We are now more than six years into one of the longest-lived — though least-loved — business cycles in history. Markets have shown a much greater ability than the public to shake off the effects of the global financial crisis. Why is this? If you listened to the pundits, you’d think they have been held aloft by nothing but a combination of hot air and central bank liquidity. But that couldn’t be further from the truth. It has been profits, not punditry, that have driven markets to new highs. Since the market bottom in early 2009, the value of the S&P 500 has tripled. Not coincidently, S&P 500 company profits have tripled as well.
Earnings of large multinational corporations — like those in the S&P — have been propelled by the productive use of labor and capital, rapid asset turnover, low energy costs and, yes, the historically low cost of capital, thanks to accommodative central bank policies.
In recent months, however, profits have begun to flag, and with them my confidence in the market’s upward trajectory. The drag on profits and earnings seems to be coming from two sources. The first is excess global manufacturing capacity, particularly in China. In the developed markets, production is quick to respond to changes in demand. Demand in China does not respond as quickly, given the political realities there. This leaves excess capacity in the global economy, which tends to depress pricing power, not just for Chinese companies but worldwide.
A second factor that has weakened profits is tepid consumer demand. I had expected the “energy dividend” from spending less on gas and home heating to translate into greater demand from consumers in developed markets. But we’ve actually seen a significant percentage of that energy dividend going into savings rather than back into the economy. At the same time, energy costs have begun to rise, suggesting more downward pressure on consumer demand down the road. That could further crimp topline growth for many companies.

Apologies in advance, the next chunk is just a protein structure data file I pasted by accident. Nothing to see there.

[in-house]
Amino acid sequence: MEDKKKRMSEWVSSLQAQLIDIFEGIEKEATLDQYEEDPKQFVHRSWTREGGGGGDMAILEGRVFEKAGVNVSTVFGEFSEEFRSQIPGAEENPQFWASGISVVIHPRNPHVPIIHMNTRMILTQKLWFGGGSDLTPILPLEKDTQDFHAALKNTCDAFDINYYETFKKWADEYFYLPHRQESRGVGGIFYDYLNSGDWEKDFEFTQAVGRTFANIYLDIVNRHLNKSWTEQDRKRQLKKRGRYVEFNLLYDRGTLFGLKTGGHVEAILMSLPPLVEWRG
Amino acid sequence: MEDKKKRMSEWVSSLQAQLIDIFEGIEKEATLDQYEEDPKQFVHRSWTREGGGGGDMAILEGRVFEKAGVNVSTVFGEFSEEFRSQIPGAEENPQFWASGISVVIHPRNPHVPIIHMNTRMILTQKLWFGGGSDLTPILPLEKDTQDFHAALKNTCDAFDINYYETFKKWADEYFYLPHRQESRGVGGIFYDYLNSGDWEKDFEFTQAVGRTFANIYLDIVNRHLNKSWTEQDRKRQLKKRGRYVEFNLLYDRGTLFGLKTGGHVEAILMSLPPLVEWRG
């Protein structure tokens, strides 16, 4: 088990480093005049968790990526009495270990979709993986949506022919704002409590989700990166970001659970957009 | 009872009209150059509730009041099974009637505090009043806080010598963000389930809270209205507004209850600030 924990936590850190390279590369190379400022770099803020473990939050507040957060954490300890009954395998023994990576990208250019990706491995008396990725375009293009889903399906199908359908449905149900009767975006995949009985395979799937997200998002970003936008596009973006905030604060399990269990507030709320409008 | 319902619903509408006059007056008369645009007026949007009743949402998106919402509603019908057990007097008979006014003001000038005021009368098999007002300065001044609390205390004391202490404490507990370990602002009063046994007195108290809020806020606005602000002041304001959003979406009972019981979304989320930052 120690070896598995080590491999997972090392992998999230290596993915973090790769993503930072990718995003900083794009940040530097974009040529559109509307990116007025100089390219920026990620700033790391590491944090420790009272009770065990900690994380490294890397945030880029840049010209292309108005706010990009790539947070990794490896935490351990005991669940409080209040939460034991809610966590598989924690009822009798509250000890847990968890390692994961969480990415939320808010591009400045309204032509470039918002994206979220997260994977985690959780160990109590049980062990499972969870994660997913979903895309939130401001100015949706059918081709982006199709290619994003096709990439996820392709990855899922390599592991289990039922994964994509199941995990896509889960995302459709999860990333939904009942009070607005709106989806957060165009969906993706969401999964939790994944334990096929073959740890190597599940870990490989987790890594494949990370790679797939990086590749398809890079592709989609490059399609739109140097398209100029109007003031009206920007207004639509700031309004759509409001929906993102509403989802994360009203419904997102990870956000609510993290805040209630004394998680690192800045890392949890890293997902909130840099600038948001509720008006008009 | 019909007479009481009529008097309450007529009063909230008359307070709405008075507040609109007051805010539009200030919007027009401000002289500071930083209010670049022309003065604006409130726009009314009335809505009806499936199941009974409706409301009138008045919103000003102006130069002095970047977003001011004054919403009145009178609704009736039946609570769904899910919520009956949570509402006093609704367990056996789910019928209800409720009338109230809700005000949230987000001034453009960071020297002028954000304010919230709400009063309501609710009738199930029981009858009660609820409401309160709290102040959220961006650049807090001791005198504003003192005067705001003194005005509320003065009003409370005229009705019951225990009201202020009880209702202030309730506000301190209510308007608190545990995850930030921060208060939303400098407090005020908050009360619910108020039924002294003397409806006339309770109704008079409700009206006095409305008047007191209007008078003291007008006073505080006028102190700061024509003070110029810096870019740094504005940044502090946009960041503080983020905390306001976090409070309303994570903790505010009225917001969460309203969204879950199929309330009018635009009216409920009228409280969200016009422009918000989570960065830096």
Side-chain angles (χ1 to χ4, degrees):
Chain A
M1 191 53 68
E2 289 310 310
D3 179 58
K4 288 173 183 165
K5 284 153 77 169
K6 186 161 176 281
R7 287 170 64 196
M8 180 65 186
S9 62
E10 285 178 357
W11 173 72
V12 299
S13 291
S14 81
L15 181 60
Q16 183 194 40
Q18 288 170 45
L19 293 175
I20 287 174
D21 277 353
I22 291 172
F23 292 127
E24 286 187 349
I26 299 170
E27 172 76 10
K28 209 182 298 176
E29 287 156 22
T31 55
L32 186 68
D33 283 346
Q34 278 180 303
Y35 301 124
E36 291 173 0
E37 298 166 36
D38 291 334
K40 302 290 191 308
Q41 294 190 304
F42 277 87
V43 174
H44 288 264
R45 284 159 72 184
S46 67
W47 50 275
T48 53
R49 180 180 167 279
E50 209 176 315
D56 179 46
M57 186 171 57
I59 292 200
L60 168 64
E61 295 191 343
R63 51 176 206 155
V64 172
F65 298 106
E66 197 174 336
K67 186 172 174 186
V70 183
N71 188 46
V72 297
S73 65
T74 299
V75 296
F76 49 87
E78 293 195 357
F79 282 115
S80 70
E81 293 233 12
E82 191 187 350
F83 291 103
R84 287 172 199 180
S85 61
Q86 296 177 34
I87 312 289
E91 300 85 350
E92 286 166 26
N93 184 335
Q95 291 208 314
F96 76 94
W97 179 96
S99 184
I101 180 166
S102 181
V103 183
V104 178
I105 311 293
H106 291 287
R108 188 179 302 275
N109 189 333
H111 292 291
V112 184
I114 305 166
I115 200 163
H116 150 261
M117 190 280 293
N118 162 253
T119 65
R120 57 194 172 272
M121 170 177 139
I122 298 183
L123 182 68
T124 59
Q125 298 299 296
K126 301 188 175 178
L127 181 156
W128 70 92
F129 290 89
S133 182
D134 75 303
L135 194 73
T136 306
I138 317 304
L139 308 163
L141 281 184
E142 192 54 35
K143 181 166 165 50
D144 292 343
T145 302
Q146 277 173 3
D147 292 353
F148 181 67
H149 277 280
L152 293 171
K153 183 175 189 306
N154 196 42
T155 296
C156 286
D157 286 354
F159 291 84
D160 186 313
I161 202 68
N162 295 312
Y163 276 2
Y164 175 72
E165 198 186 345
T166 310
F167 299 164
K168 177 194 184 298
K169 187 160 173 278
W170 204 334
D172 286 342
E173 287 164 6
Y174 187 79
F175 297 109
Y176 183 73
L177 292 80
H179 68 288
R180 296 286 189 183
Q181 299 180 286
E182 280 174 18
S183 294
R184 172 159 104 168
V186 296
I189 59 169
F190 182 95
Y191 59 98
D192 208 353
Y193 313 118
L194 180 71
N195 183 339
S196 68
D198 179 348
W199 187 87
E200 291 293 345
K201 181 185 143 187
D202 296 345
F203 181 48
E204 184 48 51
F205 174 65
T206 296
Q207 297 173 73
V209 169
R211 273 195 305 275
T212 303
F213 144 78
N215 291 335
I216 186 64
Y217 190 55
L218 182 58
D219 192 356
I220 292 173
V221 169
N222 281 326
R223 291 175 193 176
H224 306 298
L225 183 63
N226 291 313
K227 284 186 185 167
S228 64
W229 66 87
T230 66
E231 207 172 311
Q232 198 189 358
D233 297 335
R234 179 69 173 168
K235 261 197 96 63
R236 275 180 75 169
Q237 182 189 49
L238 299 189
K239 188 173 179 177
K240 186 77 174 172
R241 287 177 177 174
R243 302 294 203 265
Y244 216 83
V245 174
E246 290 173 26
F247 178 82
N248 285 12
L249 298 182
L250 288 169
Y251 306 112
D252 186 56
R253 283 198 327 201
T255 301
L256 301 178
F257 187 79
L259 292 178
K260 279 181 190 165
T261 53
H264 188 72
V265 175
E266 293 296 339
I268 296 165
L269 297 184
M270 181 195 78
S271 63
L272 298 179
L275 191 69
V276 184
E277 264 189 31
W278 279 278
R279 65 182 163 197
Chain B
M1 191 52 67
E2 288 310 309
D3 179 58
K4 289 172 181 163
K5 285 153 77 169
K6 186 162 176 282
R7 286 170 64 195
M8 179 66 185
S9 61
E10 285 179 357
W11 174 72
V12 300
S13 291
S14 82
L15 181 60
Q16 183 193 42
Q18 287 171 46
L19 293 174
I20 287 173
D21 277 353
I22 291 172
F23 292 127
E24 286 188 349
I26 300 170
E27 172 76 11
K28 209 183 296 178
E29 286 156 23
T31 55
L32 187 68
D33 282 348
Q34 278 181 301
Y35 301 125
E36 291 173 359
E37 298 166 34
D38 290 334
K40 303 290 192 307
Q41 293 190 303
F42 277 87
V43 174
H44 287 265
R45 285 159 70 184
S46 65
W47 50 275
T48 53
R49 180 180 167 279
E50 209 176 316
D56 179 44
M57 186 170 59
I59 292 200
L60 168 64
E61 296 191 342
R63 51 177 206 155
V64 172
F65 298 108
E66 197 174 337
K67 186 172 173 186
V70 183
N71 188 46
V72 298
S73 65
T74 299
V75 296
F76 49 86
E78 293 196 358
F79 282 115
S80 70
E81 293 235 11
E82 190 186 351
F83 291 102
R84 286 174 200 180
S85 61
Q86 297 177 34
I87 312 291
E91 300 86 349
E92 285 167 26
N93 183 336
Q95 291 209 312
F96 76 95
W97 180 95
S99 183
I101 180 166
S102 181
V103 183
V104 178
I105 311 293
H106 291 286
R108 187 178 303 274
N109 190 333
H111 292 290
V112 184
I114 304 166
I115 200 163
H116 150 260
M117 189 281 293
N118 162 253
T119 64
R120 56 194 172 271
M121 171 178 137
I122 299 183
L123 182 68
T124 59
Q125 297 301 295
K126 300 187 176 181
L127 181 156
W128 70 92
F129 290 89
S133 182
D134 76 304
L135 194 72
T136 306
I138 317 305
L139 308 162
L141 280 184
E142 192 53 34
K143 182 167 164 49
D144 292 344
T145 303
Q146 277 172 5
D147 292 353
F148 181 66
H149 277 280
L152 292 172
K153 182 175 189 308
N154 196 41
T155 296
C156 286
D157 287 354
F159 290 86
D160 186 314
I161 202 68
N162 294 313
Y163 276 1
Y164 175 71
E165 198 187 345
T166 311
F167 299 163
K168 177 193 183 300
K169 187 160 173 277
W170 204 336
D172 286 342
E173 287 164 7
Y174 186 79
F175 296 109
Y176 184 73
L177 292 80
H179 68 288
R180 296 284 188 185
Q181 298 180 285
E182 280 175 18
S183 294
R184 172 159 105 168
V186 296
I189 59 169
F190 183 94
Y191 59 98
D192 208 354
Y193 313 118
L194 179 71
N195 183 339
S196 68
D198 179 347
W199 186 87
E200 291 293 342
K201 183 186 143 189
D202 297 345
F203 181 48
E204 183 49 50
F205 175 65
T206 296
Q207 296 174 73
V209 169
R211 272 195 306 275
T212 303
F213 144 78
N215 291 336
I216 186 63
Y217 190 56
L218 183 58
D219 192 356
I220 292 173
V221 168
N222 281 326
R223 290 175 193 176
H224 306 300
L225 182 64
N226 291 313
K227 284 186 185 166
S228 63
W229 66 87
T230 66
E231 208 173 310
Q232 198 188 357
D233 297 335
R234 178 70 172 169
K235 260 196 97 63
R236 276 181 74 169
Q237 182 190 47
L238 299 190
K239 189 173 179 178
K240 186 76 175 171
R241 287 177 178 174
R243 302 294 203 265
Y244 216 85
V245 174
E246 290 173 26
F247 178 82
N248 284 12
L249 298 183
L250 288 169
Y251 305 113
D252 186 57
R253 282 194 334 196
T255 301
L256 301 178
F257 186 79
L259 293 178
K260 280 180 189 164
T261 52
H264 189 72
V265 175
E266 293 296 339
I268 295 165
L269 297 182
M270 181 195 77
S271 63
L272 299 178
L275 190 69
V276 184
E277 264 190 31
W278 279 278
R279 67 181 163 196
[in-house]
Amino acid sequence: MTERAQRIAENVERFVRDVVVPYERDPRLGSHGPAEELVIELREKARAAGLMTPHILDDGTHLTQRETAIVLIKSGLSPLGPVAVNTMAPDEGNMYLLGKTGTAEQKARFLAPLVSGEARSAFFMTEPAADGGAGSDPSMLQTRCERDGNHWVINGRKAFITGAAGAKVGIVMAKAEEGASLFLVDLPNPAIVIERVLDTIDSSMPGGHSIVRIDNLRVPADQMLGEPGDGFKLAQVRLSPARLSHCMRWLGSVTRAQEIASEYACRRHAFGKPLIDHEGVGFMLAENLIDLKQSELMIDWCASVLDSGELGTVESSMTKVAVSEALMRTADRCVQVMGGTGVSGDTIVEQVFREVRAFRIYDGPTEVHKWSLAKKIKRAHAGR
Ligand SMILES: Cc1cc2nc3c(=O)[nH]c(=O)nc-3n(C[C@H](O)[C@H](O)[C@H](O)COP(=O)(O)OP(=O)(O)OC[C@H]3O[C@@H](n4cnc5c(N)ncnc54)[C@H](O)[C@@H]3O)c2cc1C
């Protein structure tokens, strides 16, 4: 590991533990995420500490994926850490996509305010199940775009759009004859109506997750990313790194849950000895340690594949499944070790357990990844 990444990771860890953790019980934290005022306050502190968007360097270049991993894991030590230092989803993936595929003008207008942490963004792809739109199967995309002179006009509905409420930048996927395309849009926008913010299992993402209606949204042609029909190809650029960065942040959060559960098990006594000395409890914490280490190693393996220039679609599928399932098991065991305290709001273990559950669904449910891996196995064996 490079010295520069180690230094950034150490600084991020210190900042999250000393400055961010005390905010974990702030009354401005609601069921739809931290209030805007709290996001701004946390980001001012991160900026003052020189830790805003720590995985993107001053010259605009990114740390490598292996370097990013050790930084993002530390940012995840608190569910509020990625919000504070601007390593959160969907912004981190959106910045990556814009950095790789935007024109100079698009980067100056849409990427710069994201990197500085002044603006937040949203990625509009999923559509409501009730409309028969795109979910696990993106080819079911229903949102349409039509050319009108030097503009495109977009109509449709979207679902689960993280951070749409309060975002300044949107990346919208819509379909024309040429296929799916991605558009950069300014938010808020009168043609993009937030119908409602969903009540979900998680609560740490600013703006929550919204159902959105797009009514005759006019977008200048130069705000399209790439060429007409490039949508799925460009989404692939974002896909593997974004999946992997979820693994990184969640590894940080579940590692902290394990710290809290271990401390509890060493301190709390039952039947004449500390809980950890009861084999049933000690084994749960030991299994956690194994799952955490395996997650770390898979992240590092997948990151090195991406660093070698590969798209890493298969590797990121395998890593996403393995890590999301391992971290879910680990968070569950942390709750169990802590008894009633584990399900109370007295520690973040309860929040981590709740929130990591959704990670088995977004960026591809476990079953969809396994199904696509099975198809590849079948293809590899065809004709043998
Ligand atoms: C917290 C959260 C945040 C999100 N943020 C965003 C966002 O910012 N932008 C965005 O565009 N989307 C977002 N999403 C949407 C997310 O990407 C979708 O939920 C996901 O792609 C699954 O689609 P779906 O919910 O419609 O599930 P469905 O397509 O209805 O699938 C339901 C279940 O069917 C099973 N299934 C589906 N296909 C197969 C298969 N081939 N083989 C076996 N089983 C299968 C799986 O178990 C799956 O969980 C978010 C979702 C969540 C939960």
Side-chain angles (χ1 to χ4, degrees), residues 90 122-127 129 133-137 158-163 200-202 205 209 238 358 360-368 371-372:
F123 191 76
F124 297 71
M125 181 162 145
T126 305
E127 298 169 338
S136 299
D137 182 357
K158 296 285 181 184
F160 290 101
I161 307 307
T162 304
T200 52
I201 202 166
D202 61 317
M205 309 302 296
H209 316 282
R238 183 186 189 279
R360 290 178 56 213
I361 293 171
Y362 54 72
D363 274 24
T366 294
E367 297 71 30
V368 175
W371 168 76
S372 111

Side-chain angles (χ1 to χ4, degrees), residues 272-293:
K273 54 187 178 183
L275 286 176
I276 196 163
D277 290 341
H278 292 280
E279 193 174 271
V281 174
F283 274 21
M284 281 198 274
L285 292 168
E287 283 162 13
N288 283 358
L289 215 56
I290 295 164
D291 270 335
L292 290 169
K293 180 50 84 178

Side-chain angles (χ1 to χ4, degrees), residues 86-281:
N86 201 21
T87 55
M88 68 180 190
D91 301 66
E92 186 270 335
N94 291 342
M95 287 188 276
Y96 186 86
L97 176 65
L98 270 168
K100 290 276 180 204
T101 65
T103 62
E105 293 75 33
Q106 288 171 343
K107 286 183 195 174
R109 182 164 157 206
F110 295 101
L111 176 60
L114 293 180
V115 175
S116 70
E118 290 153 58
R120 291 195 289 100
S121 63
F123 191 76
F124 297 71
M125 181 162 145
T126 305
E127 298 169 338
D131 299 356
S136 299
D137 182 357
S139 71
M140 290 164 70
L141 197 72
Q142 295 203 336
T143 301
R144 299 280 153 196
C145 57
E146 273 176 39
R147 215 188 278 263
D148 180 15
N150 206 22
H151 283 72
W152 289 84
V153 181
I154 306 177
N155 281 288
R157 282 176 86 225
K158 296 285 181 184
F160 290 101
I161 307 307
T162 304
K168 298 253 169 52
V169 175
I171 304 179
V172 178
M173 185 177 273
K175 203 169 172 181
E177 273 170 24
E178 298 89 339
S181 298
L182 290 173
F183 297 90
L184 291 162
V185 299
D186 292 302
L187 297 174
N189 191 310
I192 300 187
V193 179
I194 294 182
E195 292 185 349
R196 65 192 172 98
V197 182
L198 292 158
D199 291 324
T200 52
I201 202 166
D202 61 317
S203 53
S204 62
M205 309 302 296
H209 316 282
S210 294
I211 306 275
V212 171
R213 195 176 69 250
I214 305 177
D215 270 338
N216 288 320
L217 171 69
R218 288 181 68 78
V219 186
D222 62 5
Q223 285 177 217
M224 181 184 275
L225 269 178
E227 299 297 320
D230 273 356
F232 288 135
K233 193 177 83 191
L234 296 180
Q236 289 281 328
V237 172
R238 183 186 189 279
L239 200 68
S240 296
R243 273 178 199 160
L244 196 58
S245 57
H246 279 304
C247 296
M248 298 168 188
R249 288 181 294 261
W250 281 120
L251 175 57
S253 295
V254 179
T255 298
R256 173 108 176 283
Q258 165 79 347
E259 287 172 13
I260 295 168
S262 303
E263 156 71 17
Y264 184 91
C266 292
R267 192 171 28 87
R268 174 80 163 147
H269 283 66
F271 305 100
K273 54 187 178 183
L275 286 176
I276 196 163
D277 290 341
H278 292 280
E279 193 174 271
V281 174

That lack of topline growth has translated into weak capital expenditures at big global companies. That’s a worrisome sign, since in my view, capex is the main driver of jobs and profits.
Here are the conditions I’d need to see before venturing back into riskier assets:
1. A return of pricing power
2. A reversal in global disinflation
3. Improved consumer demand
4. A revival in capital expenditures
While we wait to see if these occur, I’d advise investors to be cautious with new money. My concern is not that recession is imminent in 2016, but that we’re facing a prolonged profits drought which could disrupt margins and returns. This could become the new theme for the final years of a market cycle that, while remarkable, could become even less loved.
The views expressed are those of James Swanson and are subject to change at any time. These views are for informational purposes only and should not be relied upon as a recommendation or solicitation or as investment advice from the Advisor.